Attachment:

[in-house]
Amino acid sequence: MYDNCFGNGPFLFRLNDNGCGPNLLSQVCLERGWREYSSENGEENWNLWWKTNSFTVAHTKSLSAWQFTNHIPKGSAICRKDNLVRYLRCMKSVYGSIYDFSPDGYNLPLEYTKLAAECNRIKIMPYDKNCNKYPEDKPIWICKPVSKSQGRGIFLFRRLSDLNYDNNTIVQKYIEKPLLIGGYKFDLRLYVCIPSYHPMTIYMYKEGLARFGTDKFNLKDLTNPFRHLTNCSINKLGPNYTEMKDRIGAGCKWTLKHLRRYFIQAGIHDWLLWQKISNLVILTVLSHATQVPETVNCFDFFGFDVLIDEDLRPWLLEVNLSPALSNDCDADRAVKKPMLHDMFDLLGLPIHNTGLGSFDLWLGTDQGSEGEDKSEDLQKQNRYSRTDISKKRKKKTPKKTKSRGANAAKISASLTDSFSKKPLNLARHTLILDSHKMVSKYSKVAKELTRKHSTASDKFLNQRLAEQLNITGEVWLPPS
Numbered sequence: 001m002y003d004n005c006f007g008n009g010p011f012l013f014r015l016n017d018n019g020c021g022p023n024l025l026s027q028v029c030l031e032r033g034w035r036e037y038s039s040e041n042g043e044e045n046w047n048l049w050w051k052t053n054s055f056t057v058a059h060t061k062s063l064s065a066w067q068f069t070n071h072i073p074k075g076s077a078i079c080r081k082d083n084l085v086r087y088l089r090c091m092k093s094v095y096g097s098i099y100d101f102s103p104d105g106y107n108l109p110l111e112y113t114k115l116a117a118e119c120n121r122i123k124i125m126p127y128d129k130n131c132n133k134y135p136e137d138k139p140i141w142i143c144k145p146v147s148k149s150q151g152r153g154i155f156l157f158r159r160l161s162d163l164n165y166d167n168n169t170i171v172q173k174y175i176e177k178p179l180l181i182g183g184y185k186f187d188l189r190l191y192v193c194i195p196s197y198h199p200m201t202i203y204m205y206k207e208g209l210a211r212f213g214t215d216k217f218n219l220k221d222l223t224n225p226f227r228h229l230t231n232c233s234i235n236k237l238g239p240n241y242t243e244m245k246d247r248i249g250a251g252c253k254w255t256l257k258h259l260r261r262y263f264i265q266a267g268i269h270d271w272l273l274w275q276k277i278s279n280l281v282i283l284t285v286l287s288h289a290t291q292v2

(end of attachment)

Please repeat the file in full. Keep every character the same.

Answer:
[in-house]
Amino acid sequence: MYDNCFGNGPFLFRLNDNGCGPNLLSQVCLERGWREYSSENGEENWNLWWKTNSFTVAHTKSLSAWQFTNHIPKGSAICRKDNLVRYLRCMKSVYGSIYDFSPDGYNLPLEYTKLAAECNRIKIMPYDKNCNKYPEDKPIWICKPVSKSQGRGIFLFRRLSDLNYDNNTIVQKYIEKPLLIGGYKFDLRLYVCIPSYHPMTIYMYKEGLARFGTDKFNLKDLTNPFRHLTNCSINKLGPNYTEMKDRIGAGCKWTLKHLRRYFIQAGIHDWLLWQKISNLVILTVLSHATQVPETVNCFDFFGFDVLIDEDLRPWLLEVNLSPALSNDCDADRAVKKPMLHDMFDLLGLPIHNTGLGSFDLWLGTDQGSEGEDKSEDLQKQNRYSRTDISKKRKKKTPKKTKSRGANAAKISASLTDSFSKKPLNLARHTLILDSHKMVSKYSKVAKELTRKHSTASDKFLNQRLAEQLNITGEVWLPPS
Numbered sequence: 001m002y003d004n005c006f007g008n009g010p011f012l013f014r015l016n017d018n019g020c021g022p023n024l025l026s027q028v029c030l031e032r033g034w035r036e037y038s039s040e041n042g043e044e045n046w047n048l049w050w051k052t053n054s055f056t057v058a059h060t061k062s063l064s065a066w067q068f069t070n071h072i073p074k075g076s077a078i079c080r081k082d083n084l085v086r087y088l089r090c091m092k093s094v095y096g097s098i099y100d101f102s103p104d105g106y107n108l109p110l111e112y113t114k115l116a117a118e119c120n121r122i123k124i125m126p127y128d129k130n131c132n133k134y135p136e137d138k139p140i141w142i143c144k145p146v147s148k149s150q151g152r153g154i155f156l157f158r159r160l161s162d163l164n165y166d167n168n169t170i171v172q173k174y175i176e177k178p179l180l181i182g183g184y185k186f187d188l189r190l191y192v193c194i195p196s197y198h199p200m201t202i203y204m205y206k207e208g209l210a211r212f213g214t215d216k217f218n219l220k221d222l223t224n225p226f227r228h229l230t231n232c233s234i235n236k237l238g239p240n241y242t243e244m245k246d247r248i249g250a251g252c253k254w255t256l257k258h259l260r261r262y263f264i265q266a267g268i269h270d271w272l273l274w275q276k277i278s279n280l281v282i283l284t285v286l287s288h289a290t291q292v2